Wonder Woman

Gal Gadot stars as the Amazonian princess with Chris Pine by her side as Steve Trevor in the biggest female-centered comic book movie to date, directed by Patty Jenkins. The DC comics film follows the warrior as she learns her true destiny when she leaves her home and enters “Man’s World,” where she strives to bring peace amid World War I. The critic Sheri Linden writes in her review that the film will “conquer the hearts” of eager fans across the globe. She adds that the film could have been “leaner and meaner,” but “with its direct and relatively uncluttered trajectory, offers a welcome change of pace from a superhero realm that’s often overloaded with interconnections and cross-references.”

Captain Underpants: The First Epic Movie

This comic book hero prefers to face his enemies in briefs and a cape, singing “tra-la-la.” Kevin Hart, Ed Helms, Thomas Middleditch and Jordan Peele lend their voices to DreamWorks Animation’s flick — based on Dav Pilkey’s best-elling children’s series — which follows two prankster fourth-graders (Hart, Middleditch) who get caught by the school principal (Helms), but hypnotize him to believe he is Captain Underpants, a comic book hero that they created from their imagination. Captain Underpants has his work cut out for him when he must defeat Professor Poopypants (Nick Kroll), a incoming professor to the school with an evil agenda. THR critic Michael Rechtshaffen writes in his review that the film’s end result is “admittedly less painful than a wedgie.” He adds, “in the absence of a sturdier storyline and more dimensional characters, the manic, rapid-fire delivery, while yielding some well-deserved laughs, proves more exhausting than inspired.” Read the full review here.

Band Aid

A married couple (Zoe Lister-Jones, Adam Pally) can’t seem to stop arguing and getting high. Now, the two attempt to patch up their relationship with the help of a therapist in a raw yet funny look at modern love. As they remember their love for music, they create a rock band and turn their pain into songs with cameos by Fred Armisen (as the band’s drummer) and Colin Hanks (an Uber customer) along the way. Linden writes in her review that the film, also helmed by Lister-Jones, will attract indie-friendly audiences as “an exuberantly low-key charmer that uses a light, wry touch to tackle such weighty matters as artistic drive and inertia and the male-female divide, while offering new fuel for drummer jokes.”


The stages of facing grief and moving on are unraveled by comedian Demetri Martin who writes, directs and stars in the dramedy as a cartoonist named Dean who is shaken by his mother’s recent death to the point that he can’t seem to leave the Grim Reaper out of his work. Dean and his father, played by Kevin Kline, eventually set out on their own paths to cope with the pain. THR critic John DeFore writes that the journey is less of a downer than it sounds and shows promise for Martin’s future work: “If grief dramedies are as much a rite of passage as romantic rebounds, it’s exciting to imagine what Martin’s next step as a filmmaker will look like.”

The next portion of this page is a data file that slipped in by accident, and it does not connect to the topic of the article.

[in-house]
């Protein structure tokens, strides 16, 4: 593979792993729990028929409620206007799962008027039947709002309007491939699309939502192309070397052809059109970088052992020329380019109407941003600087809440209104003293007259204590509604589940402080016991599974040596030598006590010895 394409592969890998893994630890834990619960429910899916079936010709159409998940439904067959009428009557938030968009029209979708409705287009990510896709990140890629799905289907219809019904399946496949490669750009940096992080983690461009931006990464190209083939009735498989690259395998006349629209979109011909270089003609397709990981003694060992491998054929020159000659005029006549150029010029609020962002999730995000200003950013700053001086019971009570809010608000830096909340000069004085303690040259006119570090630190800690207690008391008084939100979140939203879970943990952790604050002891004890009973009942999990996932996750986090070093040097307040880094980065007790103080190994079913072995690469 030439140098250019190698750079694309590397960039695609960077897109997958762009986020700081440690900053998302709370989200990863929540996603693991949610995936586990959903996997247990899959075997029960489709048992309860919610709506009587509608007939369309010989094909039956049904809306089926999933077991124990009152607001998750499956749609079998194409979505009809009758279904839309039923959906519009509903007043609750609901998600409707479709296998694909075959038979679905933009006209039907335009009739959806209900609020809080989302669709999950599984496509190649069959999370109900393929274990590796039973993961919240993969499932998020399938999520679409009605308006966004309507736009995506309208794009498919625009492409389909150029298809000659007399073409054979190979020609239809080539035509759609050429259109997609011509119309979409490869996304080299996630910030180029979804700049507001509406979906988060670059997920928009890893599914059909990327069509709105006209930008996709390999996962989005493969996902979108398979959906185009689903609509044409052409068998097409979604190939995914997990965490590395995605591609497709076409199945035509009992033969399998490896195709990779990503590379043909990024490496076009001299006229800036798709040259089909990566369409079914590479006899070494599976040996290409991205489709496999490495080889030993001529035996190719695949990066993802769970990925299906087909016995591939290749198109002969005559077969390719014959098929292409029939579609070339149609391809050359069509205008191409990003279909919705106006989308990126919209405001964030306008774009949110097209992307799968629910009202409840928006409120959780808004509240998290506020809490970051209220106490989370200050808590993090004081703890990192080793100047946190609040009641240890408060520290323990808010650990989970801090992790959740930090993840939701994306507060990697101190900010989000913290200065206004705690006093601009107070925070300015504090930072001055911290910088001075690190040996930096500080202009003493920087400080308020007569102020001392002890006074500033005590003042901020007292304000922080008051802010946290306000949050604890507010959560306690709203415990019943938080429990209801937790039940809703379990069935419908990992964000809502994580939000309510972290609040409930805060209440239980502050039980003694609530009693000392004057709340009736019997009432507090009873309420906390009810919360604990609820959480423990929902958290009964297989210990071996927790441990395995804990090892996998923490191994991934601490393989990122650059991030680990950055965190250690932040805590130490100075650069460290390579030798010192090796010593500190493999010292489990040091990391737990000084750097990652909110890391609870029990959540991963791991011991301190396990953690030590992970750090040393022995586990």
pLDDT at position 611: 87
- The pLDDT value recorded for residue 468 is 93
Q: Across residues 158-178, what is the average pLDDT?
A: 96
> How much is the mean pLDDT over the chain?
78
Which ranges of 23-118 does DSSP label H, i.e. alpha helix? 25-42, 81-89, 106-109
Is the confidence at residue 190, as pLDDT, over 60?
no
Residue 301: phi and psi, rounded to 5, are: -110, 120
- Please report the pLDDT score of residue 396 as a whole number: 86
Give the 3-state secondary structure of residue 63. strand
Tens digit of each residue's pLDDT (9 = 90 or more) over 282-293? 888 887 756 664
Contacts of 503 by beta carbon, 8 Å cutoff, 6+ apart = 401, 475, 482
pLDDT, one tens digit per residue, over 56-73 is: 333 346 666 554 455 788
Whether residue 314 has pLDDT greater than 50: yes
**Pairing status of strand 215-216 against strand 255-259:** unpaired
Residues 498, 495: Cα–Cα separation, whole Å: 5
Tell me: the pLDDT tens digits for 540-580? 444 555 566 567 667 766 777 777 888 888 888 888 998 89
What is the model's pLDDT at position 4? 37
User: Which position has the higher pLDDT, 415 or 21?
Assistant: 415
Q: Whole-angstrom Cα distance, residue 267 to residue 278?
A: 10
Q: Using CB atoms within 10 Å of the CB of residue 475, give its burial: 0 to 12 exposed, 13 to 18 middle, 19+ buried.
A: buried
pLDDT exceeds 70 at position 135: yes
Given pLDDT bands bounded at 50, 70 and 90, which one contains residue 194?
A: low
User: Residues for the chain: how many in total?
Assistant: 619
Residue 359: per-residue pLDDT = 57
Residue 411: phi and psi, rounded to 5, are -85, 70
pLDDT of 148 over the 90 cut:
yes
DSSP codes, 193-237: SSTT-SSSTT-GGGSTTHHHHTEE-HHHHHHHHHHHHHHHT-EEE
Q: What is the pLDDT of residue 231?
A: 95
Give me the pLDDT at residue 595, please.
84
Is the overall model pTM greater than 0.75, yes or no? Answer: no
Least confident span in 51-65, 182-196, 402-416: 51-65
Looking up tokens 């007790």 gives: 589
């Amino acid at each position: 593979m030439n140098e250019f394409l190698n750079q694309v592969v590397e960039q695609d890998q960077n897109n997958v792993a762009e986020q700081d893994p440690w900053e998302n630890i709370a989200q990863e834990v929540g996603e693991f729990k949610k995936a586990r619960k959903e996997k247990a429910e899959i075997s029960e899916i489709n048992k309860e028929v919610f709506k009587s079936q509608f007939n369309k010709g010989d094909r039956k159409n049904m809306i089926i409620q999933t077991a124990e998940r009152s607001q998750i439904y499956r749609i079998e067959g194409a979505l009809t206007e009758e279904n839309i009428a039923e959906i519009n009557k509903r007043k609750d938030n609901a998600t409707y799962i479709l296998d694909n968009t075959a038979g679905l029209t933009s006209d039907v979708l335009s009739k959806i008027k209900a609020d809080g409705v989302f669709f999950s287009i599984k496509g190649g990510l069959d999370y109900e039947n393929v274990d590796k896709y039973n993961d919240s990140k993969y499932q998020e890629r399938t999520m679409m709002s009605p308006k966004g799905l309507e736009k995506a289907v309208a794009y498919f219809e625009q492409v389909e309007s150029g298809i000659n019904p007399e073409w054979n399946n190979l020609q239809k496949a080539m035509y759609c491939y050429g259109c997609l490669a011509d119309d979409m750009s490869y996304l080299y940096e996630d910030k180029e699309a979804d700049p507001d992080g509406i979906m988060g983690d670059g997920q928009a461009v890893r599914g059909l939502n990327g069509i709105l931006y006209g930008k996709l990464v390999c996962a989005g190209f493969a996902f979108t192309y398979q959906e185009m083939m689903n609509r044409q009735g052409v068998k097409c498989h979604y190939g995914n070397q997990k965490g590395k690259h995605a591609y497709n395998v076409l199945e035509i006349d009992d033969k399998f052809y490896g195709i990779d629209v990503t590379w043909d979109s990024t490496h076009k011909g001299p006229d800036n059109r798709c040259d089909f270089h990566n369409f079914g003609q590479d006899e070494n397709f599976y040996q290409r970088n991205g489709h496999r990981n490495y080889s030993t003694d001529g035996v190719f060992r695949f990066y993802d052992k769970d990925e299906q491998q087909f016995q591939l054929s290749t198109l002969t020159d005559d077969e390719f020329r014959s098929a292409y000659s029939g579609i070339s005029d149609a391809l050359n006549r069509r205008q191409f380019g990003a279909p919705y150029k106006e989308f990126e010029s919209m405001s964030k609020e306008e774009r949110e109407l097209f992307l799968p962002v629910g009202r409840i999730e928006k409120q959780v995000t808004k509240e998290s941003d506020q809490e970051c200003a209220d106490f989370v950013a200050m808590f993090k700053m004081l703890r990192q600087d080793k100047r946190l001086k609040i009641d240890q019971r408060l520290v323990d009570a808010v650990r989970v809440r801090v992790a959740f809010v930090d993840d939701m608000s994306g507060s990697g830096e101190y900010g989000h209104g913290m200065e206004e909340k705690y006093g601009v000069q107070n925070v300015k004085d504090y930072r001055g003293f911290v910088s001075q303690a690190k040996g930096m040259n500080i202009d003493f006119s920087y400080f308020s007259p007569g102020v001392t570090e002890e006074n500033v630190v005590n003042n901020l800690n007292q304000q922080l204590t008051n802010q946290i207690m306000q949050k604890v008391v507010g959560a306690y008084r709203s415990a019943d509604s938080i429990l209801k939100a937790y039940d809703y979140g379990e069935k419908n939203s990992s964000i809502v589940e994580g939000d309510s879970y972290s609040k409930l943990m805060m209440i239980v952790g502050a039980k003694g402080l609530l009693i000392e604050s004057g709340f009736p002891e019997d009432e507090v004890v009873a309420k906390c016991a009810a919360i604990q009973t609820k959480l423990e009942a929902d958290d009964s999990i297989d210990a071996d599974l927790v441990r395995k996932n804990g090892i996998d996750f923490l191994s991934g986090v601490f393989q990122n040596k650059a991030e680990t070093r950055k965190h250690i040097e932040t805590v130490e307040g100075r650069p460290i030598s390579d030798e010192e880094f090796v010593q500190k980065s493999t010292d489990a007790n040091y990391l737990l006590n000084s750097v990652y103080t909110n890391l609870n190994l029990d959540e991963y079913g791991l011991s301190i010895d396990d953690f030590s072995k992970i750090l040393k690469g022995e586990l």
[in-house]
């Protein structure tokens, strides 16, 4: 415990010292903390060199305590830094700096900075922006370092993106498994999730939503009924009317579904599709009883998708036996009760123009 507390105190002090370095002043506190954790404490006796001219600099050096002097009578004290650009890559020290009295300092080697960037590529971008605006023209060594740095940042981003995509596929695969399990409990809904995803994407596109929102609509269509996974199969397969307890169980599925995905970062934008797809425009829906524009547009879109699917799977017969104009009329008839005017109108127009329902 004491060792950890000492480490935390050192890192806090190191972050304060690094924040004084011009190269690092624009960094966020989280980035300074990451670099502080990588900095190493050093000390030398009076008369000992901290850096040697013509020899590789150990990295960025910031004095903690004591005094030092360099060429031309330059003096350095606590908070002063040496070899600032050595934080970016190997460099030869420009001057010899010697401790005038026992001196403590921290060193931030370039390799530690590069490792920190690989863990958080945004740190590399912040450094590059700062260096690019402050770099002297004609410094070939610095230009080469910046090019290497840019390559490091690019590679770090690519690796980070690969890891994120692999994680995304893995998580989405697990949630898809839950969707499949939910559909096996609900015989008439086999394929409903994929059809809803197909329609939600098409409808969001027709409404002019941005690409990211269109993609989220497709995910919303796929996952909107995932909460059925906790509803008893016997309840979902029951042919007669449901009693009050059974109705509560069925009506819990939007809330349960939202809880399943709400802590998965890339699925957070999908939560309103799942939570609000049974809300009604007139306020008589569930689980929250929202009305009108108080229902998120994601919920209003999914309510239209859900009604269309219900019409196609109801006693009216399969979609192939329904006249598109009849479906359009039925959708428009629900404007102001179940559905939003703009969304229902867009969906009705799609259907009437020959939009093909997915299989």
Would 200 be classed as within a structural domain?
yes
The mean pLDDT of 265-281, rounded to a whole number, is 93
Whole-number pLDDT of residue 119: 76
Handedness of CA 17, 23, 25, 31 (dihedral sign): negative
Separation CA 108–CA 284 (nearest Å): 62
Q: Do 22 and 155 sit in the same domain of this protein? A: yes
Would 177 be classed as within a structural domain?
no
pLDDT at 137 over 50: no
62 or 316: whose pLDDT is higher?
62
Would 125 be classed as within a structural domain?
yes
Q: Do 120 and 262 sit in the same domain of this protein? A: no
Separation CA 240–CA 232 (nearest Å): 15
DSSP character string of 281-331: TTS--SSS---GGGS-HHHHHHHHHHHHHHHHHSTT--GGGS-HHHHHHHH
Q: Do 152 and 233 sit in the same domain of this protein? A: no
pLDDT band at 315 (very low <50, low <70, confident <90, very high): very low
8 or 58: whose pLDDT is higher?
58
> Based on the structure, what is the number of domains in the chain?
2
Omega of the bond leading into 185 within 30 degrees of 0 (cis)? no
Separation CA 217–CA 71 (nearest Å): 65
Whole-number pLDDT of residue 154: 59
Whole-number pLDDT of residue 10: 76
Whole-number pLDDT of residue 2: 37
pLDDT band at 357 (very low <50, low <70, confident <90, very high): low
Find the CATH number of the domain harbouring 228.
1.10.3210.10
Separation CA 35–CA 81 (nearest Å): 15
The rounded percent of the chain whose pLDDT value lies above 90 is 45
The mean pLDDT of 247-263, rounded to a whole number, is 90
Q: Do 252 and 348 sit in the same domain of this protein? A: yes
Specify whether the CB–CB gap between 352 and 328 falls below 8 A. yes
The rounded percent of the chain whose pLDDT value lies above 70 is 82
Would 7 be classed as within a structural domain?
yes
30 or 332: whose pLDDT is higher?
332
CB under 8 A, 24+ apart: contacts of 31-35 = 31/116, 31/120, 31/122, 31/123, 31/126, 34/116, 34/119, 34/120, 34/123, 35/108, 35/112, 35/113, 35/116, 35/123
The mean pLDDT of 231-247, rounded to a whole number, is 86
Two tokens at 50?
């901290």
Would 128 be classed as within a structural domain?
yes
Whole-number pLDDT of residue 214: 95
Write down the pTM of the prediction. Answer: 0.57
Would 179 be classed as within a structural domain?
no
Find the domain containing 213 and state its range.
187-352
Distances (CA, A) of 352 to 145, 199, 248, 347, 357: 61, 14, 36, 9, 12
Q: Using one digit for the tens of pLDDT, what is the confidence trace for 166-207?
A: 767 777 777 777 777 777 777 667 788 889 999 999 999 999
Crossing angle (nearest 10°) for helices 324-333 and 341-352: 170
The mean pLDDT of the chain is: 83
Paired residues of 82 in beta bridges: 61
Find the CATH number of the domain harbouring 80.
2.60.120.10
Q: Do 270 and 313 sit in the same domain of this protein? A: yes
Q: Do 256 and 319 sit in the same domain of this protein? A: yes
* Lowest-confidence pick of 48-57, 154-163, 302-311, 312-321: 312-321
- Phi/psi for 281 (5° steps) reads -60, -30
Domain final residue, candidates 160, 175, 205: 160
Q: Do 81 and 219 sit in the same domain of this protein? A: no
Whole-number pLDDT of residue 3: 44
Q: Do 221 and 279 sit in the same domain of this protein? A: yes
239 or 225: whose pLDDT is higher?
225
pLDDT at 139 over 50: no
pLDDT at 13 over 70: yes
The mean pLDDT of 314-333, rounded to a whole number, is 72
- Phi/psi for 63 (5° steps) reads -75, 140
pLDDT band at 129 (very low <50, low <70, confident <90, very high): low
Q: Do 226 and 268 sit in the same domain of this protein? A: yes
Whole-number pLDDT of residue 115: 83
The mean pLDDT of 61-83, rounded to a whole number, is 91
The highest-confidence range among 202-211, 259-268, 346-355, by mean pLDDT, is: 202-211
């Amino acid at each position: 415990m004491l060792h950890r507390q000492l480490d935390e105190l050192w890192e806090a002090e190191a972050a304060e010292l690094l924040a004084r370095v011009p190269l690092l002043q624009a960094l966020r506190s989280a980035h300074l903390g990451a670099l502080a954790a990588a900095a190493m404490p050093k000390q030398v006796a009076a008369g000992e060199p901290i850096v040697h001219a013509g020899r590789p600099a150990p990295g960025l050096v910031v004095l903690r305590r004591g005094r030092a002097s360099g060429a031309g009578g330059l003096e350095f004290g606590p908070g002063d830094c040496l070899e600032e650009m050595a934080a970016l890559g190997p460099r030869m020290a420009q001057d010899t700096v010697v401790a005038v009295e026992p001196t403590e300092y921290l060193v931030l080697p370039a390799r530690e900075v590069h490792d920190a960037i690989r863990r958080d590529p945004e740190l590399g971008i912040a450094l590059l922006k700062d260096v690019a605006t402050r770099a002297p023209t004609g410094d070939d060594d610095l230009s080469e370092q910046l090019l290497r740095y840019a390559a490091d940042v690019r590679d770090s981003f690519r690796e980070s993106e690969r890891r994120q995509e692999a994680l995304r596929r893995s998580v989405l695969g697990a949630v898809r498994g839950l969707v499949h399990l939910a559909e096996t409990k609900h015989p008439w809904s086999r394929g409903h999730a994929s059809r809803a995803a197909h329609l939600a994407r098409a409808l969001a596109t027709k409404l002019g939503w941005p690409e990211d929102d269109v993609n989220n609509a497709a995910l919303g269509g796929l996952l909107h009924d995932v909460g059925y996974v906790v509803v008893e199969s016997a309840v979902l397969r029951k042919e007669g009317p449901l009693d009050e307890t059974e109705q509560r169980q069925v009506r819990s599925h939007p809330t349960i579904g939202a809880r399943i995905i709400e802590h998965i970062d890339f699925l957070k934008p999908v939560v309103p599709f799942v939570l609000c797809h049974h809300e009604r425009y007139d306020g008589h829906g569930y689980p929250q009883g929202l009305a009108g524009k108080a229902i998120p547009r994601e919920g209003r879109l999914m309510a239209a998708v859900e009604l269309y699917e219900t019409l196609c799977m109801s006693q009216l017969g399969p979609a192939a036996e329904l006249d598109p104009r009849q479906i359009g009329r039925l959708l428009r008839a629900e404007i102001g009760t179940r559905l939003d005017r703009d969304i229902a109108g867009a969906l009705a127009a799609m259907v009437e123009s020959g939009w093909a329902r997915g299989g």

The Recall

Wesley Snipes stars in the sci-fi thriller about friends whose vacation at a remote cabin lake house is cut short when aliens attack Earth. Snipes announced at CinemaCon that the film is being released in tri-screen, panoramic Barco Escape theaters and will be “Blade on steroids.” According to Barco, 36 theaters are installed and contracted worldwide.

Vincent N Roxxy

Romance meets crime as Zoe Kravitz and Emile Hirsch play a rebel and a small-town loner on the run after a violent incident brings them together but also causes a tragic ending. DeFore describes the film, which screened at Tribeca, as a “slow-build love story that takes a hard left turn at the end.” He adds: “Emile Hirsch and Zoe Kravitz, as strangers thrown together by a violent incident, enjoy an easy chemistry here, encouraging viewers to forget the menace that starts the story and, with startling violence, will end it.”

Wonder Woman Box office predictions: How high will Wonder Woman soar?

Wonder Woman is off to an impressive start at the domestic box office. The blockbuster has lassoed a robust $11 million from Thursday night preshows, putting in on track to clear at least $90 million across its first three days in wide release. Comparatively, Marvel’s Guardians of the Galaxy collected $11.2 million in Thursday preview ticket sales back in 2014 en route to a $94.3 million debut. In terms of recent DC releases, Wonder Woman‘s Thursday numbers still trail those of Batman v Superman: Dawn of Justice and Suicide Squad, which bagged $27.7 million ($166 million) and $20.5 million ($133.7 million) on opening day, respectively, last year.

EARLIER: A glass ceiling isn’t the only thing Wonder Woman is poised to break this weekend; the Warner Bros. blockbuster also has its sights set on shattering records for female-fronted superhero flicks as it eyes an opening that could topple $100 million. With only one major newcomer (Fox’s Captain Underpants: The First Epic Movie) entering the fray this weekend as well, Wonder Woman should handily conquer the domestic chart. As for where the rest of this week’s contenders will fall, read on for EW’s June 2-4 box office predictions.

1: Wonder Woman – $100 million+

It’s been more than 75 years in the making, but Wonder Woman is finally headlining her first major standalone feature this weekend, as the namesake DC Comics adaptation storms roughly 4,100 theaters Friday (with Thursday preshows). While the film’s contemporary DCEU forerunners (Batman v Superman: Dawn of Justice and Suicide Squad) opened to well over $100 million across their three-day debuts, industry forecasts have remained a tad conservative on Patty Jenkins’ Wonder Woman, with the studio expecting an opening in the $70-75 million range.